a good many vases, tazzæ or arabesques […] are represented, not horizontally, as the steps which accompany them are, and at right angles to the upright stems of the arabesques of which they form parts, but – the reader will hardly believe us – these elements are placed on a sloping line, that of the general slope of the staircase. The effect is very odd indeed.19
Although Minton’s fictile vitrification process did not take off as hoped, this small glimpse into the ceramic innovations of late-nineteenth-century Britain, combining ideas borrowed from the Italian Renaissance, make the Ceramic Staircase an important space for understanding the Museum’s role in the development of nineteenth-century ceramic manufacture. Thanks to the extensive ceramic projects at South Kensington, the Minton Art Pottery Studio was created alongside the Museum at Kensington Gore. This ‘art pottery’ studio, the first of its kind, remained open until 1875 when it was destroyed by a catastrophic fire. In 1872, The Times described it as “worthy of notice as the only place in London devoted to the manufacture of high class pottery.”20 Under the supervision of painter and etcher, W.J. Coleman, the studio directly employed both seasoned potters from the Stoke factory and students from the School of Art in the decoration of ceramic tiles for the Ceramic Staircase, Ceramics Galleries, Refreshment Rooms and for private sale. Furthermore, the Art Journal of 1871 suggested that “a kiln, so arranged as to consume its own smoke, will be constructed and it is hoped that, with its facilities, eminent artists, ladies especially, may be induced to paint upon porcelain and majolica.”21 Minton’s experiments at South Kensington were, therefore, not only of an artistic and technical nature but were also, to some extent, environmentally and socially forward-thinking.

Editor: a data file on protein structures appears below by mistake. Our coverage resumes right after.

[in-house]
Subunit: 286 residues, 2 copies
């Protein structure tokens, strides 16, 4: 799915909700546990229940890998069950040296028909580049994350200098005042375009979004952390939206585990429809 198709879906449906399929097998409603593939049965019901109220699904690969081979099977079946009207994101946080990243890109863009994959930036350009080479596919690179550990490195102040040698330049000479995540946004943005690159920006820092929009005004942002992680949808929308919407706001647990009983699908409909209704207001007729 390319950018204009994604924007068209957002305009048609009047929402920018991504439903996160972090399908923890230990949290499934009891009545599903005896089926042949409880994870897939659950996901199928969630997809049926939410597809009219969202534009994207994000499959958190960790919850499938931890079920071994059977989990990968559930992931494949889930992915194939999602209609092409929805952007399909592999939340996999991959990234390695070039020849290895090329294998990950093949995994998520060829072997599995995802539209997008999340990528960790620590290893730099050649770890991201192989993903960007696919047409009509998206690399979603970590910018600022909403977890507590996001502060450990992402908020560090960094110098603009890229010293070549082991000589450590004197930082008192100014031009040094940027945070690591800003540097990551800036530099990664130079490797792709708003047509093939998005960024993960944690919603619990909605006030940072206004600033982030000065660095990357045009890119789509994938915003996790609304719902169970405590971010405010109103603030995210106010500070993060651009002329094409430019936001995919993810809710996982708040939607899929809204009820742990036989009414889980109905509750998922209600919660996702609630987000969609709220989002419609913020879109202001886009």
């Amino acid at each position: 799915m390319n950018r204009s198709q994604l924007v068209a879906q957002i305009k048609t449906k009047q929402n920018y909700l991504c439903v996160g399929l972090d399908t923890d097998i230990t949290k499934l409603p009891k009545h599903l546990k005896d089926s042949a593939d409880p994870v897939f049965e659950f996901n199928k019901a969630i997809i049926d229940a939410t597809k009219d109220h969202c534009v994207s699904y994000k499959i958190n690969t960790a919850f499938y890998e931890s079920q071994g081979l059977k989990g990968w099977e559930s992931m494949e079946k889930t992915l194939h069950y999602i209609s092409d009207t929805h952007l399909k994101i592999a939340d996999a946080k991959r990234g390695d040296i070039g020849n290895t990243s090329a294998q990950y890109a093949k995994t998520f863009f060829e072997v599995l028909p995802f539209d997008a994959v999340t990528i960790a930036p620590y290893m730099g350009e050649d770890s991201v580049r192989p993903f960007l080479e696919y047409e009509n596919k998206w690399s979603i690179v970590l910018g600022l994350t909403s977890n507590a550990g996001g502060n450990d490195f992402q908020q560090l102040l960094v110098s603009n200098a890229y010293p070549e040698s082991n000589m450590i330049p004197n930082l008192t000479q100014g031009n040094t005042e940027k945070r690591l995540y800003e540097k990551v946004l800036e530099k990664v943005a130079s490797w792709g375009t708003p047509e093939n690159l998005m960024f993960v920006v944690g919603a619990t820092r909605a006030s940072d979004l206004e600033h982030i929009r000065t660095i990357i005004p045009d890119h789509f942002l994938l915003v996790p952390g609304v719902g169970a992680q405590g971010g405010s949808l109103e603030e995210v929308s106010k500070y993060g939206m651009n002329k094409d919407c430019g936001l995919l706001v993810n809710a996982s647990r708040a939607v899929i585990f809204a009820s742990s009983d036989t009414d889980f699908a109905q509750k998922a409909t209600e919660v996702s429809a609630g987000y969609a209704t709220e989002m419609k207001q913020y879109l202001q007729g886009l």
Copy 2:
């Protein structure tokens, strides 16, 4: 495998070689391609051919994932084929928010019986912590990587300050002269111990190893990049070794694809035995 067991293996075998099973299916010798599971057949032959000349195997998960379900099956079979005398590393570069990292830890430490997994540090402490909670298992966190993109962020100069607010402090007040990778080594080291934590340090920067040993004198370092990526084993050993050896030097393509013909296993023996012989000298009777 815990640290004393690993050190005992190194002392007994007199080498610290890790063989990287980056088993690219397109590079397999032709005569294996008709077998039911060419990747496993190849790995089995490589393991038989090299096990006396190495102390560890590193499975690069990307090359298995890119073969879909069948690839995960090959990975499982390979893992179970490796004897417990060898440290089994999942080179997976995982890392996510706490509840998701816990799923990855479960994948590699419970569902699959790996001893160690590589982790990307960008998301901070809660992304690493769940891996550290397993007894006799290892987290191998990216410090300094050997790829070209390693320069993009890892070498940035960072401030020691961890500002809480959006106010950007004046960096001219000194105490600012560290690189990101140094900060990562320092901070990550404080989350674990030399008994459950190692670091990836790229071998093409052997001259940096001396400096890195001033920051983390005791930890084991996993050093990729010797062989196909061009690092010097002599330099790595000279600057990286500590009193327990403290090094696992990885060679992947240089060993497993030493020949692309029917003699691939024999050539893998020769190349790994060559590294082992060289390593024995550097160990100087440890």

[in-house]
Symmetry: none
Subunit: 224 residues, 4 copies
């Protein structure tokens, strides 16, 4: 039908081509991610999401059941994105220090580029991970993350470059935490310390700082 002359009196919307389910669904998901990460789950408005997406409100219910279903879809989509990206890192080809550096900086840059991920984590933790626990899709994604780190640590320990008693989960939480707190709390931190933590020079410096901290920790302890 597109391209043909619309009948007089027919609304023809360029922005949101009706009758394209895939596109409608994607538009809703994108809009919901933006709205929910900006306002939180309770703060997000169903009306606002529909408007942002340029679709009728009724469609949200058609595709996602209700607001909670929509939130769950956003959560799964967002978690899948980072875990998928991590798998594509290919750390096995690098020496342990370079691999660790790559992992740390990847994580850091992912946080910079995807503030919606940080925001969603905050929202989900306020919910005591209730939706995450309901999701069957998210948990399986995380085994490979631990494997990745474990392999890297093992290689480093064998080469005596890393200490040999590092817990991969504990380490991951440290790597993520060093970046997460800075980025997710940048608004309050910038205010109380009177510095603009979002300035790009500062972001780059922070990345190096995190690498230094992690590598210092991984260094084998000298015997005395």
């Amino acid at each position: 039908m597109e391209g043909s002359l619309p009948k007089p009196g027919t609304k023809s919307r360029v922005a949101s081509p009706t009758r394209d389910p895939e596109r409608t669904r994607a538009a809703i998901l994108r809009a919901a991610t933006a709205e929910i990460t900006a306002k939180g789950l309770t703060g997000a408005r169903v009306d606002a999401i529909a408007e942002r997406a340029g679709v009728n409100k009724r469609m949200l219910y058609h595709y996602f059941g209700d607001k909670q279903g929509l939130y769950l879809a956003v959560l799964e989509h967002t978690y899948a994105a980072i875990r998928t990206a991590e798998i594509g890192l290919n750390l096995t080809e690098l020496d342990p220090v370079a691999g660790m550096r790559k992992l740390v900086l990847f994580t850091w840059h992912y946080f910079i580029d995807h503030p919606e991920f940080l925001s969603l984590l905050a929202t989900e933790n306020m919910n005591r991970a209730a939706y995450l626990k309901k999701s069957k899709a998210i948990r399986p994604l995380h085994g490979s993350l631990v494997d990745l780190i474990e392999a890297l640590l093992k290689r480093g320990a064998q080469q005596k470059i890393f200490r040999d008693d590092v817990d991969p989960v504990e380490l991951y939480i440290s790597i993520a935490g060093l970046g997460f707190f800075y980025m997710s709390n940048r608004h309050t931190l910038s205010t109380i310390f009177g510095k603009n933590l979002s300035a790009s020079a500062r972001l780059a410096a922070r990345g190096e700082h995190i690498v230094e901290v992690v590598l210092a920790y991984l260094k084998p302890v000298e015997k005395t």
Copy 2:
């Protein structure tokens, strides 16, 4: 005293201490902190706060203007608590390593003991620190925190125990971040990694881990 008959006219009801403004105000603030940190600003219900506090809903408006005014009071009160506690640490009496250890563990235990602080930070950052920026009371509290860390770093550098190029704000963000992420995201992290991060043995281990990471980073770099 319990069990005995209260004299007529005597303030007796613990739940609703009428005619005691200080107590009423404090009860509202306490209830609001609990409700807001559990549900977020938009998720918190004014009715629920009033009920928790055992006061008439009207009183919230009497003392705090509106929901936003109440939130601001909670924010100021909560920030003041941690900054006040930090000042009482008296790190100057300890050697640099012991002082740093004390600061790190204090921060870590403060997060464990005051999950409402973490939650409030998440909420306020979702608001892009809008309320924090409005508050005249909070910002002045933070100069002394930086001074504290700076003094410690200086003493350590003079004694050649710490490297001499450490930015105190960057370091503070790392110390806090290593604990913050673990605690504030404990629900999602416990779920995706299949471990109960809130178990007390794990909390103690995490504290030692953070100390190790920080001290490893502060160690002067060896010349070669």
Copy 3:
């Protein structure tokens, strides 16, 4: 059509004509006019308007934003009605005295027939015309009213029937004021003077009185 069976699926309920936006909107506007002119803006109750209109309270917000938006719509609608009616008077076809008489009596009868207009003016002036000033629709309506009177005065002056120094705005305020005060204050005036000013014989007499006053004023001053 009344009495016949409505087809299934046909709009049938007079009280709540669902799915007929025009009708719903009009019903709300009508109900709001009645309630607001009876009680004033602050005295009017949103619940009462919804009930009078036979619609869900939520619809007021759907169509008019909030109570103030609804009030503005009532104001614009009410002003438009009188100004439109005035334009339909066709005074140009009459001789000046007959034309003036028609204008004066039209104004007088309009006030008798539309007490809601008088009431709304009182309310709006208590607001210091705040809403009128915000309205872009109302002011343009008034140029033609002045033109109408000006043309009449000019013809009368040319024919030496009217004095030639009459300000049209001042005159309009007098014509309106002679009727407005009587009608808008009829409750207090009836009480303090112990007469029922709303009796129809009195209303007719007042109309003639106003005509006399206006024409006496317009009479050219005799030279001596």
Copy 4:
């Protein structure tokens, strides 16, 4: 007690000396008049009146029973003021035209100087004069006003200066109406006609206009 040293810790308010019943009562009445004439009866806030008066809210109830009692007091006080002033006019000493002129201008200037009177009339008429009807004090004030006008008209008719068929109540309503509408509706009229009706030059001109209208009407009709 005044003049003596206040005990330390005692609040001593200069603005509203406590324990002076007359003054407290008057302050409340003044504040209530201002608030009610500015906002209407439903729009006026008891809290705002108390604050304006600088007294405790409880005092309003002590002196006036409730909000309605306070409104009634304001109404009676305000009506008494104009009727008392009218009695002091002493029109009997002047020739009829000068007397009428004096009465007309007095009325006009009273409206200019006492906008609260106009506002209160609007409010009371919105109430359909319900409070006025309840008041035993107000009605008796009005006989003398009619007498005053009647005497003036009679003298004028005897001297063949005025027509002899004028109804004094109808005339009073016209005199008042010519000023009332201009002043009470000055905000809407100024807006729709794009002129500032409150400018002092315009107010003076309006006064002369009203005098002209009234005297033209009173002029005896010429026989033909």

Subject Matter and Style
The experiments in subject matter and style on the Ceramic Staircase are just as important as those industrial experiments explored in its construction. The emphasis on bringing together art and industry is, at first glance, most obvious in the subject matter chosen for the decoration. John Physick’s succinct account of the decorative scheme describes the subject matter as follows: